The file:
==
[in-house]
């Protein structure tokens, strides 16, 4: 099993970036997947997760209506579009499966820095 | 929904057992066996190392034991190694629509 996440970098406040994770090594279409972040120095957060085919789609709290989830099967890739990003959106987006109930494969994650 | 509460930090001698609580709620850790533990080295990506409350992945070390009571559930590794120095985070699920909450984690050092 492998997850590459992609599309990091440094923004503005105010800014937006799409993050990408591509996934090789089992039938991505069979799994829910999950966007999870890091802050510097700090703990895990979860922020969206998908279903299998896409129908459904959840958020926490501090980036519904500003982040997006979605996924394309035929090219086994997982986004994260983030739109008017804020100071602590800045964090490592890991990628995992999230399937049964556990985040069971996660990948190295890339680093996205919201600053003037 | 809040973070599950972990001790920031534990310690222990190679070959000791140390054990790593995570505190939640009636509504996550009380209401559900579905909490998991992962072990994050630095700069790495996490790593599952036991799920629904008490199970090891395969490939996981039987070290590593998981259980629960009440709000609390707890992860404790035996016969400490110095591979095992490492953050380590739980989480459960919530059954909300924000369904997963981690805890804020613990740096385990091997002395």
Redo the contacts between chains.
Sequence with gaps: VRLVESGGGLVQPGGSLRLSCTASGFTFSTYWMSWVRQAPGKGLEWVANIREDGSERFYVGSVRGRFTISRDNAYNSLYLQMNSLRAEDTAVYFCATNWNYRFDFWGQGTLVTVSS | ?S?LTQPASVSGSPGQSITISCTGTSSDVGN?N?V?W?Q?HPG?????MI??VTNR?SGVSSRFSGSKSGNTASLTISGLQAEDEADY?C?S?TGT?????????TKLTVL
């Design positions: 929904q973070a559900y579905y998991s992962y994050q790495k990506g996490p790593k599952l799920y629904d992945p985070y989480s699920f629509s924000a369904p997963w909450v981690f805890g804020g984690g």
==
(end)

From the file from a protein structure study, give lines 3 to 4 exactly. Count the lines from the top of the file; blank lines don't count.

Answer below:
Redo the contacts between chains.
Sequence with gaps: VRLVESGGGLVQPGGSLRLSCTASGFTFSTYWMSWVRQAPGKGLEWVANIREDGSERFYVGSVRGRFTISRDNAYNSLYLQMNSLRAEDTAVYFCATNWNYRFDFWGQGTLVTVSS | ?S?LTQPASVSGSPGQSITISCTGTSSDVGN?N?V?W?Q?HPG?????MI??VTNR?SGVSSRFSGSKSGNTASLTISGLQAEDEADY?C?S?TGT?????????TKLTVL